Lessons From The Pandemic

Sanjeev Kumar, Founder of The Goat Trust, shares his views on the facets of the programme that saw a new light during the pandemic
India Covid
Source: Ashoka

Sanjeev Kumar founded his social enterprise ‘The Goat trust’, with the intention to empower and positively impact the small and marginal farming communities. His passion project “Pashu Bajaar” was launched to capacitate women in trading livestock to supplement their otherwise meagre earnings from traditional farming. Along with programmes to educate on fair pricing and on reskilling owners, called Pashu Sakhi (friend of livestock), Pashu Bajaar became an integral part of building rapport with the rural community to pave the way for innovative solutions during the pandemic that Sanjeev himself didn’t foresee.

While a lot of Sanjeev’s work prior to the pandemic focused on urban expansion and creating a nexus of exchange between the rural and urban markets, the pandemic illuminated new potential of sustainability and self-sufficiency within local markets. He noticed that several households in the village didn’t receive adequate nutrition as per government rations, which were heavy on carbohydrates alone and not much else. Therefore, Sanjeev decided to supply goat’s milk to houses to ensure balanced meals to all. This effort was influenced by Sanjeev’s radical conception of inclusivity that goes beyond positionality but also accounts for the circumstances that people are in. Thereby, probing on the definition of vulnerability and inclusivity among communities during the wrath of the pandemic. As he began catering to all demographics; children, youth, senior citizens, people in ill health, women in advanced stages of pregnancy etc, he was astonished to discover that the demands of the rural sector not only matched the supply but also created a stable market with affordable pricing, minimum packaging and branding costs.

Since the movements of public were restricted, people didn’t always get a chance to graze their livestock. Thus, Sanjeev also focused on another facet that was overlooked by many, the hungry livestock, who were sick, malnourished and as much in need as their plight was not always addressed by the distribution programmes instilled by the government and several organisations. Although many contested the relief effort for animals, The Goat Trust, staying true to its name, provided feed and fodder amounting to 30 Quintal to livestock during the pandemic, consequentially, moving the needle on inclusivity yet again.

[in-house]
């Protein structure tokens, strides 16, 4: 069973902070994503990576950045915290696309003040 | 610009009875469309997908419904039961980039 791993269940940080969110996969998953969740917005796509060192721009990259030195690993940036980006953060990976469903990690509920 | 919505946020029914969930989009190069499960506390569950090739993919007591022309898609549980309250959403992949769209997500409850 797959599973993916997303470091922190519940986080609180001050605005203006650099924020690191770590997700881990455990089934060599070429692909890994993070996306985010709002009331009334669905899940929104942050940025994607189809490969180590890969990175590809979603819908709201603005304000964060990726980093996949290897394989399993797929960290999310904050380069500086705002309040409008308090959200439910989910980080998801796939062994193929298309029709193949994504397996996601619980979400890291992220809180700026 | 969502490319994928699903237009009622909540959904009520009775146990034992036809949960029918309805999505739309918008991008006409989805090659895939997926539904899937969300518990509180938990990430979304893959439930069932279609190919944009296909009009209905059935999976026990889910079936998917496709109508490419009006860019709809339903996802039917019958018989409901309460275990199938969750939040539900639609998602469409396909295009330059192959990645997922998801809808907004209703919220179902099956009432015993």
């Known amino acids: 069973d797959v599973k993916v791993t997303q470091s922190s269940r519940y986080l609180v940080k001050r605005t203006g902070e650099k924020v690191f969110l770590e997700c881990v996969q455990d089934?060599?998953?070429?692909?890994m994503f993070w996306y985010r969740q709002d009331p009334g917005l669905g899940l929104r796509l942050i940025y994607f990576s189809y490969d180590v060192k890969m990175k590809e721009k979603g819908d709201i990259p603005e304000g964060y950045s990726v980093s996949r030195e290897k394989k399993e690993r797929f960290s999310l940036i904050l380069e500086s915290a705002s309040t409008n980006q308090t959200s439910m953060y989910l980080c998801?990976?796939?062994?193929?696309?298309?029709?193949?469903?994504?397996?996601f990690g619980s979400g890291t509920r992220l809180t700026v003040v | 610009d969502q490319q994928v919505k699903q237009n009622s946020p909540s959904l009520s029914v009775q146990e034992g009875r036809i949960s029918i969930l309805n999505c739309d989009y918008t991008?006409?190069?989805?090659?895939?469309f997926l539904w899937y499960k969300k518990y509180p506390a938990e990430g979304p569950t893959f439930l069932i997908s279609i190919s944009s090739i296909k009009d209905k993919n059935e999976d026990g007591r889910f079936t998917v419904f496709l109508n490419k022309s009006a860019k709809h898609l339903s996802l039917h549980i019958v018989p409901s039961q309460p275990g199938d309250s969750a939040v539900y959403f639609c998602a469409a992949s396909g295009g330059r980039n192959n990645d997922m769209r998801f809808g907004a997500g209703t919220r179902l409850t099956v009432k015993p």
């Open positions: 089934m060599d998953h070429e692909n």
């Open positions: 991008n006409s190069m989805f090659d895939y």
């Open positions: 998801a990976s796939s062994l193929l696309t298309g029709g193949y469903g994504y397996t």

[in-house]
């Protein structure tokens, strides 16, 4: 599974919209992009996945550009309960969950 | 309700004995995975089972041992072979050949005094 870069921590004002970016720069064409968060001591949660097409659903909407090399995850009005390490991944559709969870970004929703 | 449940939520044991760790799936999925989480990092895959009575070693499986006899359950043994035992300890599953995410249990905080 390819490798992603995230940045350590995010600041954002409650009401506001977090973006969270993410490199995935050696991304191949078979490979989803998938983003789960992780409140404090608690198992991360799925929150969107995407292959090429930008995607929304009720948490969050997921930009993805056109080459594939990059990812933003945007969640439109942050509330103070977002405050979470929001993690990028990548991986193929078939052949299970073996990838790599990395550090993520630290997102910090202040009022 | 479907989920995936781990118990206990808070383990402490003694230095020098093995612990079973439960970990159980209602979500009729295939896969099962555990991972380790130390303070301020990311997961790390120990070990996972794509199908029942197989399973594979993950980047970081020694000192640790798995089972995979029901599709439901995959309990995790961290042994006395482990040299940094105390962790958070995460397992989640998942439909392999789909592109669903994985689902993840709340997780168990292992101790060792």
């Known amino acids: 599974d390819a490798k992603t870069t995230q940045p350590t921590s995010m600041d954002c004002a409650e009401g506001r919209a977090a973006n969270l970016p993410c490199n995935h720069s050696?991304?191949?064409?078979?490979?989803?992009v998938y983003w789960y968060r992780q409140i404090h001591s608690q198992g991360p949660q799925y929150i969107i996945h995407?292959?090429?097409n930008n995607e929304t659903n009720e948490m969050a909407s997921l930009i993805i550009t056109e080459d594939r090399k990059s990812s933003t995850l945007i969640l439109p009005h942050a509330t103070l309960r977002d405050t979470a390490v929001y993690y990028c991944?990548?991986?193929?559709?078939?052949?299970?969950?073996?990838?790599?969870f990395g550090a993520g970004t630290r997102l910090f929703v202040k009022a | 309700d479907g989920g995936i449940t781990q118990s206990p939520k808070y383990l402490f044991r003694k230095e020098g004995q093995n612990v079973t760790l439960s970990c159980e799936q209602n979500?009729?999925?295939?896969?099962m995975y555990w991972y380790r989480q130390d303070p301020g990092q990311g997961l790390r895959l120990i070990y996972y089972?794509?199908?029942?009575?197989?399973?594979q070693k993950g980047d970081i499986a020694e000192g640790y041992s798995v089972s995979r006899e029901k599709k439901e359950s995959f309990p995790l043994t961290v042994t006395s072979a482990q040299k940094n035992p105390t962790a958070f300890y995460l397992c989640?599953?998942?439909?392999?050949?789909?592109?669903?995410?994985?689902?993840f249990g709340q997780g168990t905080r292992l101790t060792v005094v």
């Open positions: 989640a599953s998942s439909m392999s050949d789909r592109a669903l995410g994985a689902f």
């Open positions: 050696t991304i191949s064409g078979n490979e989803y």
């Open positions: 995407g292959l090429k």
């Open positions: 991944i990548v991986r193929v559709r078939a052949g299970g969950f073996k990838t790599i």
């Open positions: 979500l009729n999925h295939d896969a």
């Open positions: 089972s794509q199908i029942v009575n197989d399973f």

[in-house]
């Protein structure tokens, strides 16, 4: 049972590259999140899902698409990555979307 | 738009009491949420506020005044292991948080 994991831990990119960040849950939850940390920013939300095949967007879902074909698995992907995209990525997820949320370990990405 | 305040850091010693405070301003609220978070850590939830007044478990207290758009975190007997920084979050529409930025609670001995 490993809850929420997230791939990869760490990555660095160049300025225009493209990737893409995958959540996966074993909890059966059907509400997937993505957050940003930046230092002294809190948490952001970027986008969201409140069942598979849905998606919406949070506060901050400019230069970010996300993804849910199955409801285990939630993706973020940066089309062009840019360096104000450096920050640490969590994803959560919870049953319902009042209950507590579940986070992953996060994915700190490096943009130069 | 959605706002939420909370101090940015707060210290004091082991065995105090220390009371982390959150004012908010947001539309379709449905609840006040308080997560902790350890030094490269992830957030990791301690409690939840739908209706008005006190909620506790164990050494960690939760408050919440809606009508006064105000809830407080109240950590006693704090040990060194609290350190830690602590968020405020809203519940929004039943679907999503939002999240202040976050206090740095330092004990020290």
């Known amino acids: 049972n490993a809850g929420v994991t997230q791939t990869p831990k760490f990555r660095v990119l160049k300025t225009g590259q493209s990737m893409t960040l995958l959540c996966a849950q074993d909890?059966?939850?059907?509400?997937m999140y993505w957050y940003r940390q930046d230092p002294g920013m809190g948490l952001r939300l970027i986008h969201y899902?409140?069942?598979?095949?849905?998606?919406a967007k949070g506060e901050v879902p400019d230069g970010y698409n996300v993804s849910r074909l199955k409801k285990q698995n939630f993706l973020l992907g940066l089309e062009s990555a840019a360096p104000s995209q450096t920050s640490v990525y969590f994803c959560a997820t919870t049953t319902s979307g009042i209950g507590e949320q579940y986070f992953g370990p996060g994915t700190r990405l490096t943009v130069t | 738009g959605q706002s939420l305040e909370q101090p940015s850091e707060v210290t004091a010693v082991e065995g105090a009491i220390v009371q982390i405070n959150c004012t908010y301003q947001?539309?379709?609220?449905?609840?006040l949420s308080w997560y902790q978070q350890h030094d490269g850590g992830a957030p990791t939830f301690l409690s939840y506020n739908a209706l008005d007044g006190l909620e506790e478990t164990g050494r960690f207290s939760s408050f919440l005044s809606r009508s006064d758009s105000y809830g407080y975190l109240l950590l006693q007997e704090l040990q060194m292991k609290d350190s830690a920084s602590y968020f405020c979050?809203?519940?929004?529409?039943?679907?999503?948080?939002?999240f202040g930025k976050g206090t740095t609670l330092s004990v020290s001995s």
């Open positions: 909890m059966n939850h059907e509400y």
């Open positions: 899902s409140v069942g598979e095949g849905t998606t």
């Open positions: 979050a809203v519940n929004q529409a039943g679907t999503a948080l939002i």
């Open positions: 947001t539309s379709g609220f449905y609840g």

The pandemic rapidly altered the mode of communication as the modest mobile became instrumental in exchanging information and working daily. It became apparent that slowly but surely operations were taking a virtual form. He recalls the initial instances where the Pashu Sakhis were hesitant of the new system of virtual meetings but ensured that they looked their best and spoke as eloquently as reporters do on the ground. As more convenings, trainings and interactions occurred with the Pashu Sakhis, they adapted swiftly and used these virtual platforms to communicate effectively on challenges and provide progress of their work. Sanjeev has been able to better acquaint with the work of a lot more Pashu Sakhis than before and appreciates the optimal use of his time through telephonic conversations and videocalls. Further, the virtual meetings have also replaced the long hours spent on motorbikes, cutting transportation costs considerably to pre-COVID days of work.

Lastly, the innovations that he put in place such as the Pashu Sakhi network and the Cluster Livestock management took a life of its own during the pandemic, as people took charge and shouldered the responsibilities of providing assistance to the community. Under The Goat Trust’s guidance, the former organised themselves, facilitated and expedited the distribution of masks and essentials. Sanjeev was once again, reminded of the strength of contextual knowledge and the benefit of enlisting and galvanising the community to widen the geographic reach and ensure inclusivity. He reflects that innovation, rural ingenuity, and localised problem solving all contribute to resilient value chain and the learnings from the pandemic are a testament of the same.